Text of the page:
When Hendrix played the Woodstock festival in August 1969, he was working with mostly unfamiliar musicians with less than two weeks of rehearsal. He was the festival’s highest-paid performer, but by the time he closed the festival on Monday morning, much of the crowd had already left. His performance featured a performance of “The Star-Spangled Banner” with lots of guitar feedback and distortion that was widely interpreted as a protest against the Vietnam War.
Hendrix’s last album came about after several years of litigation over a recording contract he had signed before forming the Experience. To settle the legal dispute, Hendrix agreed to record a new album for producer Ed Chalpin. It was recorded live on two nights at the end of 1969 with Billy Cox on bass and Buddy Miles on drums. The band and the album were both called Band of Gypsys, and this trio performed only one other concert.
The new Experience lineup—Hendrix, Cox, and Mitchell—began work on a fourth studio album in early 1970, and began a tour that summer. Hendrix wasn’t enthusiastic about beginning the European leg of the tour; he had just opened a new recording studio in New York, and wanted to be there instead.;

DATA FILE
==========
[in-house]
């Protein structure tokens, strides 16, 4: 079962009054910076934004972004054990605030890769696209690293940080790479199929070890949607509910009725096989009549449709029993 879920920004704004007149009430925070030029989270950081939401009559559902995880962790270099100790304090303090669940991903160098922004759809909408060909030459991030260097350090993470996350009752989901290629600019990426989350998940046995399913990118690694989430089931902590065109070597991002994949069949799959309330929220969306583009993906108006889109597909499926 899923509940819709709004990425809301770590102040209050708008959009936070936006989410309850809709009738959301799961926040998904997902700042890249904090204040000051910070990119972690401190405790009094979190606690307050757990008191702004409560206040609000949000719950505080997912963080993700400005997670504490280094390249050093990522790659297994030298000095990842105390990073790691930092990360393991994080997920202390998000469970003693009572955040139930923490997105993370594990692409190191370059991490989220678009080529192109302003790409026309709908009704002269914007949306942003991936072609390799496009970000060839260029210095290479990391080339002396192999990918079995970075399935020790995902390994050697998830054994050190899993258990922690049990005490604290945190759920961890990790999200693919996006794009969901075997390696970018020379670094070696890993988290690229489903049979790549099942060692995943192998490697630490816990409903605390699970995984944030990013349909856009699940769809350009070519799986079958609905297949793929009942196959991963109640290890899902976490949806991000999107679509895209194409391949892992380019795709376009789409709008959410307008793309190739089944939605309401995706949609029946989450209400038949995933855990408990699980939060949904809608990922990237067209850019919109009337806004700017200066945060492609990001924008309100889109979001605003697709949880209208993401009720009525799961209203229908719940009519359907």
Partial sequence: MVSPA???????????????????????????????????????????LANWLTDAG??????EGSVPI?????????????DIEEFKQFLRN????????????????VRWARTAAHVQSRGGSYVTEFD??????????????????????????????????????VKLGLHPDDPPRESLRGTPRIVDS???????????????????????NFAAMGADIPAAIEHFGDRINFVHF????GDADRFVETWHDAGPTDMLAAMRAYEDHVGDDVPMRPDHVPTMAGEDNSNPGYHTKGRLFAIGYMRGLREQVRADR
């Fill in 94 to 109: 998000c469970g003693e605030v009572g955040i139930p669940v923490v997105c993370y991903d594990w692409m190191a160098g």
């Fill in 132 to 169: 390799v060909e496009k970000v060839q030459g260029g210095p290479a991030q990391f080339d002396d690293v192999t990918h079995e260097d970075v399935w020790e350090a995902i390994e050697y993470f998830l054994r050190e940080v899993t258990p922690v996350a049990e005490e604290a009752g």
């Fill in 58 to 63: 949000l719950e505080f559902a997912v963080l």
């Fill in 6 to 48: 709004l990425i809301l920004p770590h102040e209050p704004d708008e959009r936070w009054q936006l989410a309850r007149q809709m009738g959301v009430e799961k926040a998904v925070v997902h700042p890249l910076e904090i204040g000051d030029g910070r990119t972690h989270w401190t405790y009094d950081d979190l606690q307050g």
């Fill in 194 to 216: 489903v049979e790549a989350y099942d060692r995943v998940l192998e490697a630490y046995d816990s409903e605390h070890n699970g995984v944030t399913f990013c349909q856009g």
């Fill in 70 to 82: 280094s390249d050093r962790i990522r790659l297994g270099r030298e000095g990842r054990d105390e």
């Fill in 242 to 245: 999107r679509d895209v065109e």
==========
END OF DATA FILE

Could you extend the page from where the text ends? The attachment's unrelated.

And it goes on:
On the morning of September 18, 1970, Hendrix was at the apartment of a friend in London; when she woke up, she found him breathing, but unconscious. She called an ambulance, but doctors were unable to revive him, and he died early that afternoon. A coroner’s inquest concluded that he had choked to death on his own vomit while using barbiturates.
In 1971, two albums (The Cry of Love and Rainbow Bridge) were built around songs that had been recorded for the Experience’s unfinished fourth album. Between 1975 and 1995, producer Alan Douglas released four albums of Hendrix’s music. Douglas was criticized for replacing and adding newly recorded tracks performed by studio musicians; some of the songs on these albums featured nothing original beyond Hendrix’s voice and guitar. The Hendrix estate has disavowed the Douglas albums.
In 1995, Jimi’s father, Al Hendrix, gained control of Jimi’s music. Since then, the family company Experience Hendrix has released several albums of previously unreleased music, beginning with their attempt to recreate the unfinished fourth album, First Rays of the New Rising Sun. The most recent authorized release was 2018’s Both Sides of the Sky.
The Jimi Hendrix Experience was inducted into the Rock & Roll Hall of Fame in 1992; in 2005, Are You Experienced was added to the Library of Congress’s National Recording Registry.